Eerie Sounds

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HUM KOUN HAI? Director: Ravi Sharma. Players: Amitabh Bachchan, Dimple Kapadia, Dharmendra, Moushumi Chatterjee. DVD (EROS).

9dfdd8ea548e331de9df9ff3d3c80dbd-2A film year is just not complete without a dark, convincing ghost story. While Hum Koun Hai?—a Hindi remake of the Nicole Kidman hit The Others—lacks the full-throttle horror delivery of the 2003 mega hit Raaz, it succeeds in scrounging a few genuine scares and landing on its feet. Boasting a wonderful cast (think retro-1970s headliners)—all aging, but far from aged—and a plot twist or two, Hum Koun Hai? is a pleasant ghostly antidote to the festive Divali season.

The film is set in a huge bungalow on a fog-shrouded vista. Sandra Williams (Kapadia) is a seemingly single mother of two children (precociously played by Baby Hansika and Master Aman) whose photo-sensitivity has forced them to live indoors behind heavily curtained windows. The arrival of a new housekeeping staff, led by the stoic Mrs. Pinto (Chatterjee) strangely also signals the start of a haunting at the bungalow.

Whispered voices in empty rooms, inexplicable thumps, and a piano that seems to play itself become frightening daily occurences. Then there is the housekeeping staff that may just know more than they are letting on. Confined to the house on account of her children’s malady, Sandra’s only emotional escape comes from contemplating the return of her husband Frank (Bachchan), a soldier who is away at war.

While there are plenty of plot twists, including an ending that departs from the Kidman original, it’s all clean fun. The interior lighting is sparingly bright but not blinding. On Eros’s commendable DVD transfer, the creaking floor, rustling window drapes, and strange midnight thumps come alive on surround sound while the absence of songs helps sustain the tension. The only letdown is the sometimes shoddy editing that has the camera cutting away too quickly from some scenes.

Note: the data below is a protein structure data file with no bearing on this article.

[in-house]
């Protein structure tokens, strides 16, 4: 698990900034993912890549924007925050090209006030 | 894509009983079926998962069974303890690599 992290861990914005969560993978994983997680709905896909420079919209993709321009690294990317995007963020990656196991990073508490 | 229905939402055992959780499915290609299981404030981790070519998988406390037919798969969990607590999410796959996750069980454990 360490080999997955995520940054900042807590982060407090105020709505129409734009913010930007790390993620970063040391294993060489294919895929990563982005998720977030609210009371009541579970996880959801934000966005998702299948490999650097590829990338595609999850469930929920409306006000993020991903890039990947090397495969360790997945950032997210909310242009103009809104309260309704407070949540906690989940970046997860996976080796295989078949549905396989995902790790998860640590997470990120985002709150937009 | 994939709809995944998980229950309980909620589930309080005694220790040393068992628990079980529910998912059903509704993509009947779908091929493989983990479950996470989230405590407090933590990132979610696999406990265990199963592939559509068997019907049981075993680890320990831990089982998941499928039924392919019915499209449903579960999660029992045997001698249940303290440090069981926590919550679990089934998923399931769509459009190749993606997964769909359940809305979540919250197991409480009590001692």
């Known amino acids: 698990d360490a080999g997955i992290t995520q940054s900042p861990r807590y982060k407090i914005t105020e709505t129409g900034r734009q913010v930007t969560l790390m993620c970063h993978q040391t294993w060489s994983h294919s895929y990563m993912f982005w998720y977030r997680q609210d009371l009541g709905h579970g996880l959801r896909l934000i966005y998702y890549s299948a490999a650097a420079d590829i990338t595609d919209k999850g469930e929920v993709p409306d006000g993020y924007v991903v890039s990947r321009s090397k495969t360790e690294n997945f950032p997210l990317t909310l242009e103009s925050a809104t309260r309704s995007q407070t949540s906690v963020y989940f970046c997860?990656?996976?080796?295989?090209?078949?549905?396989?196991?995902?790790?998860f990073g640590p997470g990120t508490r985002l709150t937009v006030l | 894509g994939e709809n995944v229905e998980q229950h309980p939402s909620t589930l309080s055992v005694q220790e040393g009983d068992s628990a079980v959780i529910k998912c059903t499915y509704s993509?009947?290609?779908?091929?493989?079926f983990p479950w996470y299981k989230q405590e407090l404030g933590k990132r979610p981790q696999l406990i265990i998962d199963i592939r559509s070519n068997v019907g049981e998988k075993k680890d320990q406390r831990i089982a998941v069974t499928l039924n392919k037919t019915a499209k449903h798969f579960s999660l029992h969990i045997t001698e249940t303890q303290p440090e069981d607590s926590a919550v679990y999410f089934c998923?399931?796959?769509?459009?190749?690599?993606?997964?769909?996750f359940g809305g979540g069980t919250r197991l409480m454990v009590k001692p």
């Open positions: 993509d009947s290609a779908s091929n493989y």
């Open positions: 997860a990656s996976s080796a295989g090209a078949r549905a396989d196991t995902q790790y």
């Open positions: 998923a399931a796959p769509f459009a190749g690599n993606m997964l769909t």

Even though Bachchan is used sparingly here (he is officially only credited with a “special” appearance), he is clearly the main attraction. Kapadia, who gets far more time onscreen is credible as the struggling woman forced to question her own sanity in the face of such other-worldly goings on in her house. Chatterjee is restrained, while Dharmendra as Bachchan’s onscreen sidekick is a nice throwback to the legendary Sholay match-up (abandoning subtlety, the Dharmendra’s character here is also named Veeru).

Bachchan has enjoyed remarkable connectivity at the marquee in 2004. It seems he can’t turn down any role. No less than eight films of his have been released and a couple more are ready for release. With earlier 2004 successes like Khakee, Kyun … Ho Gaya Na, and Lakshya behind him, Hum Koun Hai? with Anil Sharma’s war flick Ab Tumhare Hawale Watan Saathiyon and Yash Chopra’s Partition-anchored Veer Zaara, both due for 2004 yearend release, will likely establish Bachchan’s aging alpha-male status in Hindi films.

Aniruddh Chawda writes from Wisconsin, on America’s north coast.

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